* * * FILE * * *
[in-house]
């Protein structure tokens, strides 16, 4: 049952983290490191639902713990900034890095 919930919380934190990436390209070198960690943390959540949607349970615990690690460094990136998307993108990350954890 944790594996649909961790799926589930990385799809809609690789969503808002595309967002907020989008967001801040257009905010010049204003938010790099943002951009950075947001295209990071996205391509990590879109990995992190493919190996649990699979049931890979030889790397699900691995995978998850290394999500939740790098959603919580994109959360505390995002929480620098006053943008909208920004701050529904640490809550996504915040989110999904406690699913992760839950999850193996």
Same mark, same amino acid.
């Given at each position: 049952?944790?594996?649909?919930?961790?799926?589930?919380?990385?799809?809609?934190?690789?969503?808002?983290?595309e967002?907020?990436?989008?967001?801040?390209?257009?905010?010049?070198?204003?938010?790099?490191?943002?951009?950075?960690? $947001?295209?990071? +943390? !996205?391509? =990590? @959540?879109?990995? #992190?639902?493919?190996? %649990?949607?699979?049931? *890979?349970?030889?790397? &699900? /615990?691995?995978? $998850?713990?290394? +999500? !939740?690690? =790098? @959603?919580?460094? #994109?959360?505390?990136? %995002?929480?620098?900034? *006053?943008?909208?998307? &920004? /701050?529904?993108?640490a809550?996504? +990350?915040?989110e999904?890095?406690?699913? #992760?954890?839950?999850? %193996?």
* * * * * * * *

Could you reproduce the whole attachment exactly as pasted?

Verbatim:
[in-house]
């Protein structure tokens, strides 16, 4: 049952983290490191639902713990900034890095 919930919380934190990436390209070198960690943390959540949607349970615990690690460094990136998307993108990350954890 944790594996649909961790799926589930990385799809809609690789969503808002595309967002907020989008967001801040257009905010010049204003938010790099943002951009950075947001295209990071996205391509990590879109990995992190493919190996649990699979049931890979030889790397699900691995995978998850290394999500939740790098959603919580994109959360505390995002929480620098006053943008909208920004701050529904640490809550996504915040989110999904406690699913992760839950999850193996």
Same mark, same amino acid.
């Given at each position: 049952?944790?594996?649909?919930?961790?799926?589930?919380?990385?799809?809609?934190?690789?969503?808002?983290?595309e967002?907020?990436?989008?967001?801040?390209?257009?905010?010049?070198?204003?938010?790099?490191?943002?951009?950075?960690? $947001?295209?990071? +943390? !996205?391509? =990590? @959540?879109?990995? #992190?639902?493919?190996? %649990?949607?699979?049931? *890979?349970?030889?790397? &699900? /615990?691995?995978? $998850?713990?290394? +999500? !939740?690690? =790098? @959603?919580?460094? #994109?959360?505390?990136? %995002?929480?620098?900034? *006053?943008?909208?998307? &920004? /701050?529904?993108?640490a809550?996504? +990350?915040?989110e999904?890095?406690?699913? #992760?954890?839950?999850? %193996?």